Let your fingers rest and let screen time become face time for a short time. Meet other R users around Oslo, put faces to names and glasses on tables. R users of all levels are welcome, students, academics and professionals and hobbyists, beginners and veterans.
Oslo useR! Group Code of Conduct
A member of the R Community is:
Open: Members of the community are open to collaboration, whether it's on projects, working groups, packages, problems, or otherwise. We're receptive to constructive comment and criticism, as the experiences and skill sets of other members contribute to the whole of our efforts. We're accepting of anyone who wishes to take part in our activities, fostering an environment where all can participate and everyone can make a difference.
Considerate: Members of the community are considerate of their peers — other R users. We're thoughtful when addressing the efforts of others, keeping in mind that oftentimes the labor was completed simply for the good of the community. We're attentive in our communications, whether in person or online, and we're tactful when approaching differing views.
Respectful: Members of the community are respectful. We're respectful of others, their positions, their skills, their commitments, and their efforts. We're respectful of the volunteer efforts that permeate the R community. We're respectful of the processes set forth in the community, and we work within them. When we disagree, we are courteous in raising our issues.
Overall, we're good to each other. We contribute to this community not because we have to, but because we want to. If we remember that, these guidelines will come naturally.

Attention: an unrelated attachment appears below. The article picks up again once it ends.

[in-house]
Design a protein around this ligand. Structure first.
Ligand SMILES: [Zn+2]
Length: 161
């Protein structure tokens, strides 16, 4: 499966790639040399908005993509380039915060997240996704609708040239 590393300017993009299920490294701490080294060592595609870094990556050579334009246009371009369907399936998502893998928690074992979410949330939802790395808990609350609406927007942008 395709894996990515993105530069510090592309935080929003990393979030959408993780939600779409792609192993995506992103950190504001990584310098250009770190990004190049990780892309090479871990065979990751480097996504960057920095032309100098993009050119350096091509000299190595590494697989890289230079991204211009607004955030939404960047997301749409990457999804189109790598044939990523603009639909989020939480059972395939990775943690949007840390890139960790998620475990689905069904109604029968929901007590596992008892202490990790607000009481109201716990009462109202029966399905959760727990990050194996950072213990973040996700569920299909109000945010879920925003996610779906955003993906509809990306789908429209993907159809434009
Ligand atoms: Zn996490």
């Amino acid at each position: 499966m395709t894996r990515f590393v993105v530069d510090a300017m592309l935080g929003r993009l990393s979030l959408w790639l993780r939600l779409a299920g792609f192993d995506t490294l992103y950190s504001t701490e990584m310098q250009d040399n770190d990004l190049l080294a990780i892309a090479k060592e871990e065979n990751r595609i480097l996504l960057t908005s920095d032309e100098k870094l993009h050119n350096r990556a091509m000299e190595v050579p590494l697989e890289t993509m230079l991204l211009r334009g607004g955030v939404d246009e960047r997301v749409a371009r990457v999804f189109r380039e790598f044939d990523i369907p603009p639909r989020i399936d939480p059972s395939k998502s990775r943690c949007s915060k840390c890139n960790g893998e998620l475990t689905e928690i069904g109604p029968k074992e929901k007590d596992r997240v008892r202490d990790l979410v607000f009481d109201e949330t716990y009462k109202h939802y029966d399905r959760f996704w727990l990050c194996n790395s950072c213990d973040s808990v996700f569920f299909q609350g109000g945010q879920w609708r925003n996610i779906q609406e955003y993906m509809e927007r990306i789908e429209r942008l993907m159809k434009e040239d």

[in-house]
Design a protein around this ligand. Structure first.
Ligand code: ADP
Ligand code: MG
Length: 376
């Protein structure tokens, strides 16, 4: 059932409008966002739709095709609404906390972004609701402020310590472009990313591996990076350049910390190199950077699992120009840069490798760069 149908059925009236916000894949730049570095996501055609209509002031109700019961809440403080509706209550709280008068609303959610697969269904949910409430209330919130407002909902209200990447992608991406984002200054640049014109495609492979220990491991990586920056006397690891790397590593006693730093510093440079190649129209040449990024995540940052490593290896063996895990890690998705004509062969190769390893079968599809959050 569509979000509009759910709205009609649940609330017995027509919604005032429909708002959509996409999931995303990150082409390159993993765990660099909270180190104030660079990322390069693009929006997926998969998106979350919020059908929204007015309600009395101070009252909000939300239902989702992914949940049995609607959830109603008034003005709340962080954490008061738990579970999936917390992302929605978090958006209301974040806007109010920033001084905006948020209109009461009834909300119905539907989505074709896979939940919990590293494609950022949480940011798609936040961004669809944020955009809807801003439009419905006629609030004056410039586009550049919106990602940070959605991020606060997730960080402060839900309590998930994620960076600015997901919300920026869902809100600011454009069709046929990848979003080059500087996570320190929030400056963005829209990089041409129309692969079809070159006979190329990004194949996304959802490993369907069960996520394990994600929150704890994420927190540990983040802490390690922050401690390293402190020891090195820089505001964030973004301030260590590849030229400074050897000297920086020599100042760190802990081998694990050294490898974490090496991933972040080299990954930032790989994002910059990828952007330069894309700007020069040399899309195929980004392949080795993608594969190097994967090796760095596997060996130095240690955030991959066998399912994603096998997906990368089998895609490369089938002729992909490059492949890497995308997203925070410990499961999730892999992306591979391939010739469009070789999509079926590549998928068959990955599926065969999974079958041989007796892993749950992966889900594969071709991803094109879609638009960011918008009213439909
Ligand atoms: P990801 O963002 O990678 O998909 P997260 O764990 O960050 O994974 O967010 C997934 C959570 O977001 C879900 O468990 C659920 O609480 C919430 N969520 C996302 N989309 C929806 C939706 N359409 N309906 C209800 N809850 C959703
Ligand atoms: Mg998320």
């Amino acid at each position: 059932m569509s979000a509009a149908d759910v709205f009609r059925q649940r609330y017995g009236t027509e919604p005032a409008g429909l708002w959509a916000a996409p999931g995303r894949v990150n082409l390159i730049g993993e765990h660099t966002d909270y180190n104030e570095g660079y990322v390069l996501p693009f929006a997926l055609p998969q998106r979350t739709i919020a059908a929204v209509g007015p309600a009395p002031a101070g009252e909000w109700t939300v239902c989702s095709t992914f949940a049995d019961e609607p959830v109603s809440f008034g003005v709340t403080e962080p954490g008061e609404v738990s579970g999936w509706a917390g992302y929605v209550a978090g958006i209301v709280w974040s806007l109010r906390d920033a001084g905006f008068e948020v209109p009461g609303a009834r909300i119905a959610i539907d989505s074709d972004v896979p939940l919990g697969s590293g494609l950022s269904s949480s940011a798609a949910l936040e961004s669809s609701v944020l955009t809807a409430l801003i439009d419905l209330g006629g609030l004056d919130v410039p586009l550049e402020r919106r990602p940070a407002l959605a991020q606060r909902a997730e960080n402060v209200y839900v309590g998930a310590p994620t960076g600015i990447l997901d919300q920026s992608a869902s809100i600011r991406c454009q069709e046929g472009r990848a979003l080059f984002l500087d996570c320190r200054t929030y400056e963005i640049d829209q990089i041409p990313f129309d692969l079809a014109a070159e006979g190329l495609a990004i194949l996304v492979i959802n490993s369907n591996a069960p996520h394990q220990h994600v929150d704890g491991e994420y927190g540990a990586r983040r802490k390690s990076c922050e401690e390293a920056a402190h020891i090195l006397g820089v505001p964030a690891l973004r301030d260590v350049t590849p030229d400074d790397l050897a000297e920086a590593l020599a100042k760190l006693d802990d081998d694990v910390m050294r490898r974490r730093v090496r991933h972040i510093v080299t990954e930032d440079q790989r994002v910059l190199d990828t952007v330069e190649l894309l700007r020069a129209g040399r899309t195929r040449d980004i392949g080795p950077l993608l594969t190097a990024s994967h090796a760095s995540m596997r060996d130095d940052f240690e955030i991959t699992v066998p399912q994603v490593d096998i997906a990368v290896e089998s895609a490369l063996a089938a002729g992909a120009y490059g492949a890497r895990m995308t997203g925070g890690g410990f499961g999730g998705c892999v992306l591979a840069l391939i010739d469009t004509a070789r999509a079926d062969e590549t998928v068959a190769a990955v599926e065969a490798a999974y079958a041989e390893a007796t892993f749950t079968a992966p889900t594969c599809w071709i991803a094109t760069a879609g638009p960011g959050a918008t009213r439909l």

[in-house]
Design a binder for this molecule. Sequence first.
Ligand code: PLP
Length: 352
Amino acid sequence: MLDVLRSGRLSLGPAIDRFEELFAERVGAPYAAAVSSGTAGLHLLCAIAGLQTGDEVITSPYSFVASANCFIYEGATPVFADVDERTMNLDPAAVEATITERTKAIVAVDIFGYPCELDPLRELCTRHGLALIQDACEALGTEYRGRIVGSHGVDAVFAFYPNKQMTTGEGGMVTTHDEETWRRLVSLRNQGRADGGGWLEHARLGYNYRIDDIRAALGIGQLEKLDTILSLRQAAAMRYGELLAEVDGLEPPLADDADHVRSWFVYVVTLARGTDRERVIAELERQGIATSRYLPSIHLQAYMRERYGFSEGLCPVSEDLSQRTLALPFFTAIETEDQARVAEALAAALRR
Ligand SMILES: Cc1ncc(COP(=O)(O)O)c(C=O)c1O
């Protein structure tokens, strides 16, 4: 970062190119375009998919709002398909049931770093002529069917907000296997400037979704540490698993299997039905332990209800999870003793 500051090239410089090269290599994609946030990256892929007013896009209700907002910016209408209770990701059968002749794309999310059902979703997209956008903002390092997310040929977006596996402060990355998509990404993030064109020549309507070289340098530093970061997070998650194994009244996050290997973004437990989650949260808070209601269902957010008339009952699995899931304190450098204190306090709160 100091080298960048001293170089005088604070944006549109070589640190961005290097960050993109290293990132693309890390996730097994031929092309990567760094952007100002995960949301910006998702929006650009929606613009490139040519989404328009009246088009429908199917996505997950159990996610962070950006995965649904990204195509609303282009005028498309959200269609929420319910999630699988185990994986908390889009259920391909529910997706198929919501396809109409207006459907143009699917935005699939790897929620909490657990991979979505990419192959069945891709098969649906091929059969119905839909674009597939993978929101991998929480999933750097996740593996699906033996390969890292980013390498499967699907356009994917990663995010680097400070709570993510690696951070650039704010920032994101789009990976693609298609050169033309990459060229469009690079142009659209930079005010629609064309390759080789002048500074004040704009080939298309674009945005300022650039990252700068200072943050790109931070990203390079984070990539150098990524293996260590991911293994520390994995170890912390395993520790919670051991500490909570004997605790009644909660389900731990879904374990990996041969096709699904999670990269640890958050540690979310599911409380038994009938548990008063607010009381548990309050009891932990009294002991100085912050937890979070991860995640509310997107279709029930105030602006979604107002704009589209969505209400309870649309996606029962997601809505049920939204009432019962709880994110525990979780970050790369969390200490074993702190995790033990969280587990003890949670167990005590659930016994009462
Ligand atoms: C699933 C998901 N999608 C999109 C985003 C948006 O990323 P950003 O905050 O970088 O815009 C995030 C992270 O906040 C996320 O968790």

Unfortunately we are unable to meet in person as of yet, so R-Ladies Oslo and Oslo useR! Group have decided to postpone the Lightning Talk event. We are, however, lucky enough to have one of our planned contributors giving a full talk instead!
Monte Carlo simulation (MCS) is a computational tool used to determine a numerical result or unknown parameter by randomly selecting numbers repeatedly. It has a vast array of applications (e.g. risk analysis) in a variety of fields including education, law, mathematics and physics.
This presentation will briefly outline what MCS are, why MCS are useful and how to conduct an MCS. An application of MCS in educational measurement will also be presented, while emphasizing possible solutions to issues that may be encountered.
Dan Uehara recently completed his MSc, where he conducted Monte Carlo simulations to investigate the classification accuracy of score and sum score-based equating methods. Currently Dan works at the IPED at UiO as a research assistant analyzing survey data.